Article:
• Simulation modelling may be applied to the analysis of a very wide variety of systems. Most complex, real-world systems with significant random elements cannot be accurately described by a mathematical model, which can be evaluated analytically. Simulation is often the only type of investigation possible.
  • Simulation modelling allows the detailed study of the interactions between system components. It allows the manager or analyst to make detailed decisions about the system and then judge the impact and consequences of these decisions. The model may be used for detailed sensitivity analyses to decide which controllable variables have the greatest impact on system performance.
  • Alternative system designs or operating policies can be compared to estimate the system performance. Thus we can choose the best design.
  • Simulation models and the principles of the simulation technique are often easy to understand. It is also easier to convince the non-simulation expert of the validity of the model. The simulation approach encourages active participation by management and operating staff in the modelling exercise.
  • The process of building a simulation model may provide valuable insight and understanding about the system characteristics and how it operates. The value of this advantage is often underestimated.

Disadvantages[edit | edit source]

Since simulations are merely a way of predicting the network performance, problems are bound to arise since this is not a real case scenario. What follows are some of the problems that may be encountered when running simulations.

  • Selecting the correct level of detail (or level of abstraction) for a simulation is a difficult problem. Too little detail can produce simulations that are misleading or incorrect, but adding detail requires time to implement, debug, and later change. Furthermore, it slows down simulation and can be a distraction from the research problem at hand.[6]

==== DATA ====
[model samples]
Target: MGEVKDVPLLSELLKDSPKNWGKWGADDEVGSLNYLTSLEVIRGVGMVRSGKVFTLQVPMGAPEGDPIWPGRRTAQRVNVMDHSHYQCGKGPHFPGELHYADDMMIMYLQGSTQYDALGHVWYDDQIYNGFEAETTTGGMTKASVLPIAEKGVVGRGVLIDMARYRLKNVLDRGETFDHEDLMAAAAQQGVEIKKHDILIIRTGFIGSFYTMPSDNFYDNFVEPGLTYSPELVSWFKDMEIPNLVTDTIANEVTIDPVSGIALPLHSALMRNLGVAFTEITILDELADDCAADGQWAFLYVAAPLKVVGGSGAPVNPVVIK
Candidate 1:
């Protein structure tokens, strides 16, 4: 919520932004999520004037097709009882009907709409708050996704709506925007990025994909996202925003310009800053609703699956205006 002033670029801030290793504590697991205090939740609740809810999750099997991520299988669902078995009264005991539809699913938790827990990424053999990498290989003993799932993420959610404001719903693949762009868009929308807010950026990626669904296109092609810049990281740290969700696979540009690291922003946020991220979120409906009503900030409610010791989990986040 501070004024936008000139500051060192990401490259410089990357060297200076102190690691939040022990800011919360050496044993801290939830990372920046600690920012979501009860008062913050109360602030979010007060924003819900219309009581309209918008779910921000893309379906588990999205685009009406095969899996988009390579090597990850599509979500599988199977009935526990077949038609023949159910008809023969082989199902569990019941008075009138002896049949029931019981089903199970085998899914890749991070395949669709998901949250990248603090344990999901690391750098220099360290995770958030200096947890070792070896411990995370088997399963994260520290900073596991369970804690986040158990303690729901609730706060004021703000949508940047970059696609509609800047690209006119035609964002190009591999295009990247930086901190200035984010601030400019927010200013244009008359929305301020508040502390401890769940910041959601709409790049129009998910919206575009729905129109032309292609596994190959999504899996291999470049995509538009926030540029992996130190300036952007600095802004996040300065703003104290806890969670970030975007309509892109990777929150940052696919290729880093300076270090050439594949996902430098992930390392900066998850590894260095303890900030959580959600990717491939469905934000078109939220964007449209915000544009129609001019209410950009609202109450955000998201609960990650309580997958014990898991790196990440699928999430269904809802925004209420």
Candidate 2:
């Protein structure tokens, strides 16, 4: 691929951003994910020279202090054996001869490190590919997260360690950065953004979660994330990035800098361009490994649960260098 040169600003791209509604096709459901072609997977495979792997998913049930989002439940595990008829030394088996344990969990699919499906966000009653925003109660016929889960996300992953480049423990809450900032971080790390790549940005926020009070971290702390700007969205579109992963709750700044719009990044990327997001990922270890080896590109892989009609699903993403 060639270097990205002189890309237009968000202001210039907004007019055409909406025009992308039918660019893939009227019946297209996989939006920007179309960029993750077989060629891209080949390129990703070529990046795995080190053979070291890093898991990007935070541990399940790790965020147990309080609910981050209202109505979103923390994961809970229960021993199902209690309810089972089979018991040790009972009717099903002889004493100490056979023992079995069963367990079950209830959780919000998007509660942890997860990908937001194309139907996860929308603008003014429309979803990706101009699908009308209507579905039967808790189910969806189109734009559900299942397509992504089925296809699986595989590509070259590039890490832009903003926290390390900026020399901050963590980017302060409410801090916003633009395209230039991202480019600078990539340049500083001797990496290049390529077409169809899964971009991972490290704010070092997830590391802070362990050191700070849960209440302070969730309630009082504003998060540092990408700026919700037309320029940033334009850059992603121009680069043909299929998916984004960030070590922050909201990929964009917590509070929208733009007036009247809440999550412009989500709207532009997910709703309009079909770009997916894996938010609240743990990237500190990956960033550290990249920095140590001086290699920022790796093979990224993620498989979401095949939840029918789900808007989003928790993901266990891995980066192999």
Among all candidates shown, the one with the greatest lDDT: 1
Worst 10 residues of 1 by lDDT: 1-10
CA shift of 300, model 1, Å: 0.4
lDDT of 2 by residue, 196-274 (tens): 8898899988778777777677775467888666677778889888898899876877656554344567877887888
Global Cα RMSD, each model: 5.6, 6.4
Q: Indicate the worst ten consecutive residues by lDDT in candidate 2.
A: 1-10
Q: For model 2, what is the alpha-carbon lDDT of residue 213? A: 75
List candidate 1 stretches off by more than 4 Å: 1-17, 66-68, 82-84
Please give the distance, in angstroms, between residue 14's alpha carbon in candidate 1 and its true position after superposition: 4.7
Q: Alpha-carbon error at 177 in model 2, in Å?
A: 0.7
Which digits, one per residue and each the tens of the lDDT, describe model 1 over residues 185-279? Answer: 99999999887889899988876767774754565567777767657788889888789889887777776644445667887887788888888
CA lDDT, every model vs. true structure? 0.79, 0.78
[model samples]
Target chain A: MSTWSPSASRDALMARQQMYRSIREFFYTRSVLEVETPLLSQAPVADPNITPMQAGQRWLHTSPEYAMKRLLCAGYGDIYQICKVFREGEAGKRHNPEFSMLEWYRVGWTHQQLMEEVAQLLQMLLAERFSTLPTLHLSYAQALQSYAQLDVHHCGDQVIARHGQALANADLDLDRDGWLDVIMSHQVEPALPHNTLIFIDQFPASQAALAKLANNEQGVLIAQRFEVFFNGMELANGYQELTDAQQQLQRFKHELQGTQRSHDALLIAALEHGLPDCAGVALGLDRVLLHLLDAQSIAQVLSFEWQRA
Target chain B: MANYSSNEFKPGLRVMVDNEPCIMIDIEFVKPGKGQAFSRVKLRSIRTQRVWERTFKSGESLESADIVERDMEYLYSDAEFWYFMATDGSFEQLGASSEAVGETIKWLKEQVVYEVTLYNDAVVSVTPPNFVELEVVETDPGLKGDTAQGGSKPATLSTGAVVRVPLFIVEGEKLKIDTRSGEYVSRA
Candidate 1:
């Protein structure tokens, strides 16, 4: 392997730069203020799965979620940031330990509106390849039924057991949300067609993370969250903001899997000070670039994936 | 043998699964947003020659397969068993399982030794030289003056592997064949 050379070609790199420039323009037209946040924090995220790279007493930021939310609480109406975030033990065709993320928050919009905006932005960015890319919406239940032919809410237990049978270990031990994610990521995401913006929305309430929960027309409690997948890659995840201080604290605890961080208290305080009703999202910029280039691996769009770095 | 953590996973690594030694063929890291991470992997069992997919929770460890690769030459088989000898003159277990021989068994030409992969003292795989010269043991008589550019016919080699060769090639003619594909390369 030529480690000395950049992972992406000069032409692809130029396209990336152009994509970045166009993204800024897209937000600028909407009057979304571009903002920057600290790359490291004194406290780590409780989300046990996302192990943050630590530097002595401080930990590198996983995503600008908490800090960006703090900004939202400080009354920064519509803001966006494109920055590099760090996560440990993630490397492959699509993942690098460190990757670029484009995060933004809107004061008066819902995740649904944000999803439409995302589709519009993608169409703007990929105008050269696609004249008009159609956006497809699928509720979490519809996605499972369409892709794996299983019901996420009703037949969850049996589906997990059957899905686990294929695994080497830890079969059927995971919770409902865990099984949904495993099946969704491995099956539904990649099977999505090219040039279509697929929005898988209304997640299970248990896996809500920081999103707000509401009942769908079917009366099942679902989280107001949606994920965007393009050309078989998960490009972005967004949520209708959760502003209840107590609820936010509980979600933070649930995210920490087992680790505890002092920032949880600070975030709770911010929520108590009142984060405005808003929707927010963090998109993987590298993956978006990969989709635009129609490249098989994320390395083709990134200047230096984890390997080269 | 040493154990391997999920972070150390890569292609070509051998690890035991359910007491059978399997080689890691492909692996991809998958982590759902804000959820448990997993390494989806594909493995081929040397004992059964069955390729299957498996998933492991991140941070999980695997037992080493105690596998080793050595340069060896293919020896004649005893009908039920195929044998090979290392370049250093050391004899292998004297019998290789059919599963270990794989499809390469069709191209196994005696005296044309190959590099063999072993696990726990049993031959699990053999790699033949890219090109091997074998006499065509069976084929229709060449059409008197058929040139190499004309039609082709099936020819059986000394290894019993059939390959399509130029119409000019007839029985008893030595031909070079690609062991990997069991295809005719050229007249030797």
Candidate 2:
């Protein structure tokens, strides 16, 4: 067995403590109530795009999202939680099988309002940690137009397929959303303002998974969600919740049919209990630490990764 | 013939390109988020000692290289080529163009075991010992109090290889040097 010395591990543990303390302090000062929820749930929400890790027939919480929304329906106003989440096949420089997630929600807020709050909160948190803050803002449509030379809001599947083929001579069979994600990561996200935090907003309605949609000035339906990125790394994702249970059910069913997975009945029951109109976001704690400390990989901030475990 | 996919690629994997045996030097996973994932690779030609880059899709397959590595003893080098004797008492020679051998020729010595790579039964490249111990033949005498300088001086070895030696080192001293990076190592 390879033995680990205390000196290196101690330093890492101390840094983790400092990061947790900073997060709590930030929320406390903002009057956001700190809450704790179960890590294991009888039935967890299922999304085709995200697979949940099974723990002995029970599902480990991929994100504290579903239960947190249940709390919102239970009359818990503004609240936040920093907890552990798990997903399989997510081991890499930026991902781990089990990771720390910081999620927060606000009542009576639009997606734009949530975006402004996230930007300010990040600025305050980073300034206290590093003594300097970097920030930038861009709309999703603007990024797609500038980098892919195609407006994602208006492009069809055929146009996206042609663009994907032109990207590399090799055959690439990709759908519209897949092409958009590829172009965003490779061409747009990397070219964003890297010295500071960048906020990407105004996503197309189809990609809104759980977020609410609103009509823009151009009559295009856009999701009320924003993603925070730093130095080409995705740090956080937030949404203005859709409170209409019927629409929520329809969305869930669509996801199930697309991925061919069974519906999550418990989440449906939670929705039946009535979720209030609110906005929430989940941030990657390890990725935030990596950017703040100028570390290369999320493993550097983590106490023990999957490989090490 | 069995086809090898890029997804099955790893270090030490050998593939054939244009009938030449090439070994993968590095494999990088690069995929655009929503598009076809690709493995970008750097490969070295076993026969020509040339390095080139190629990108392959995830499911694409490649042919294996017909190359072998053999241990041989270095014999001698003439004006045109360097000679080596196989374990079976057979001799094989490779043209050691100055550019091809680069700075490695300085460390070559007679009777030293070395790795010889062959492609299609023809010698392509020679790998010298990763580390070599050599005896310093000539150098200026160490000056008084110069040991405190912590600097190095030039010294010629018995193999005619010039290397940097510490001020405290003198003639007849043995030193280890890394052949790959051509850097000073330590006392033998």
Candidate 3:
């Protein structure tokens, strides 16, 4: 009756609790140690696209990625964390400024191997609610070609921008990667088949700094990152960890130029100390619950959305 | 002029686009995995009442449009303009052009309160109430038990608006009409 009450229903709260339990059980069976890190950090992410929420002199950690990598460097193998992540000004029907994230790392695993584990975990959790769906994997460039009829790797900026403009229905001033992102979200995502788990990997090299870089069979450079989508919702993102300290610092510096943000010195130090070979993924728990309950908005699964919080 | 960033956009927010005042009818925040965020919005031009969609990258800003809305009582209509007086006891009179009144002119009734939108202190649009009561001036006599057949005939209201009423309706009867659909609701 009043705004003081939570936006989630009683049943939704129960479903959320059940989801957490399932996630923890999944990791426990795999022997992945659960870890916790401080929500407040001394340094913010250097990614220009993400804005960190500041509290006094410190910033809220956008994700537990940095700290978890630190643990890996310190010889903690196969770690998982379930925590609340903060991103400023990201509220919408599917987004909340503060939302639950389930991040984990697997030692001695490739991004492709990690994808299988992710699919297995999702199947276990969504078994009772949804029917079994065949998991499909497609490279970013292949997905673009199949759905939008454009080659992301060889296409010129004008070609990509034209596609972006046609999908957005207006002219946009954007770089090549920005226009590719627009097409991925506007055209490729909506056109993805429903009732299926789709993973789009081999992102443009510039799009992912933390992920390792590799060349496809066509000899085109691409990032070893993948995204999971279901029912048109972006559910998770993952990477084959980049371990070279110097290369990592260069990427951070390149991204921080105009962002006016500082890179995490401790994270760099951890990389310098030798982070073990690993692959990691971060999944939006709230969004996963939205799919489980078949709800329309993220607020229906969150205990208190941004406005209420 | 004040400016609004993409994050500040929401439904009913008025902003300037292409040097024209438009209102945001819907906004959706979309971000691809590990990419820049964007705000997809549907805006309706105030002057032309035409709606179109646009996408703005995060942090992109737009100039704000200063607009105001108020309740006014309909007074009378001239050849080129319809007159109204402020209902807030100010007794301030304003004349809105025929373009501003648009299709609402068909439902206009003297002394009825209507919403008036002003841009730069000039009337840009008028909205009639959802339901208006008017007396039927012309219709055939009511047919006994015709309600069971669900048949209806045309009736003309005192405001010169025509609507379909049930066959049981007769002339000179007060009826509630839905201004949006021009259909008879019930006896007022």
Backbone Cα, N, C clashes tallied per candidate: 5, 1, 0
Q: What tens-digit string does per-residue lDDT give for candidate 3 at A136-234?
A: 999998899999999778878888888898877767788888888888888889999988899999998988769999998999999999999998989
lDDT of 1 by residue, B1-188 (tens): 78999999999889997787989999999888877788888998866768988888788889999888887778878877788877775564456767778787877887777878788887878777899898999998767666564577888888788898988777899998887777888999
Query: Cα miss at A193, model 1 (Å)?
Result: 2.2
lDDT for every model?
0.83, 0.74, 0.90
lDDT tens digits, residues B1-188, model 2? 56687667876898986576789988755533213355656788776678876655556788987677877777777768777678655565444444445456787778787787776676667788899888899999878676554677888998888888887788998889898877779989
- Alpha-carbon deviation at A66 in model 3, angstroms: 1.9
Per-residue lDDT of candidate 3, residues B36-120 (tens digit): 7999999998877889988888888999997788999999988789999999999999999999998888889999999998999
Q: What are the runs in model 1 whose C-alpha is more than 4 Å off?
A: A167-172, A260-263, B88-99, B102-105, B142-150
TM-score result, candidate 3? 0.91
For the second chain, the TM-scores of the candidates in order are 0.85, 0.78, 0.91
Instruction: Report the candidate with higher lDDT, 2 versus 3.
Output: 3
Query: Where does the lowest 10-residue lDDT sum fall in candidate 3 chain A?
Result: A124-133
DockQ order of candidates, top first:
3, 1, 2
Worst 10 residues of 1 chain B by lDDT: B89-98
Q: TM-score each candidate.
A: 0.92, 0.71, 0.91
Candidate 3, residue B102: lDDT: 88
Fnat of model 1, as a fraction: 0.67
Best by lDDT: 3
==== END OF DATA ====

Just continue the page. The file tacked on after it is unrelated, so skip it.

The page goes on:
• Running effective simulations comes with experience. This means it might actually take longer to get the correct results which are a through reflection of the network performance.
  • Accurate simulation model development requires extensive resources.

Statistical Issues in Simulation Modelling[edit | edit source]

Input Data[edit | edit source]

Simulation models are generated from a set of data taken from a stochastic system. It is necessary to check that the data is statistically valid by fitting a statistical distribution and then testing the significance of such a fit. Further, as with any modelling process, the input data's accuracy must be checked and any outliers must be removed.[4]

Output Data[edit | edit source]

When a simulation has been completed, the data needs to be analysed. The simulation's output data will only produce a likely estimate of real-world events. Methods to increase the accuracy of output data include: repeatedly performing simulations and comparing results, dividing events into batches and processing them individually, and checking that the results of simulations conducted in adjacent time periods “connect” to produce a coherent holistic view of the system.[4][7]

Random numbers[edit | edit source]

As most systems involve stochastic processes, simulations frequently make use of random number generators to create input data which approximates the random nature of real-world events. Computer generated [random numbers] are usually not random in the strictest sense, as they are calculated using a set of equations. Such numbers are known as pseudo-random numbers. When making use of pseudo-random numbers the analyst must make certain that the true randomness of the numbers is checked. If the numbers are found not to behave in a sufficiently random fashion, another generation technique must be found. Random numbers for the simulation are created by a random number generator.

References[edit | edit source]

  1. 1.0 1.1 1.2 1.3 1.4 1.5 Kennedy I. G.,Traffic Simulations. Teletraffic Engineering-ELEN7015 Full Lecturing Notes, School of Electrical and Information Engineering, University Of Witwatersrand, Johannesburg,2007. Cite error: Invalid <ref> tag; name "kennedy" defined multiple times with different content Cite error: Invalid <ref> tag; name "kennedy" defined multiple times with different content Cite error: Invalid <ref> tag; name "kennedy" defined multiple times with different content
  2. Wiktionary, Simulation., Last accessed: 20 March 2007
  3. 3.0 3.1 3.2 3.3 Wikipedia, The Free Encyclopedia, Network Traffic Simulation., Last accessed: 20 March 2007. Cite error: Invalid <ref> tag; name "wikipedia" defined multiple times with different content Cite error: Invalid <ref> tag; name "wikipedia" defined multiple times with different content
  4. 4.0 4.1 4.2 Flood, J.E. Telecommunications Switching, Traffic and Networks, Chapter 4: Telecommunications Traffic, New York: Prentice-Hall, 1998
  5. Penttinen A., Chapter 9 – Simulation, Lecture Notes: S-38.145 - Introduction to Teletraffic Theory, Helsinki University of Technology, Fall 1999
  6. Heidemann J., Bulusu N., Elson J., Intanagonwiwat C., Lan K., Xu Y., Ye W., Estrin D., Govindan R.,,Effects of Detail in Wireless Simulations. Last accessed: 21 March 2007
  7. Akimaru H., Kawashima K., Teletraffic – Theory and Applications, Springer-Verlag London, 2nd Edition, 1999, pg 6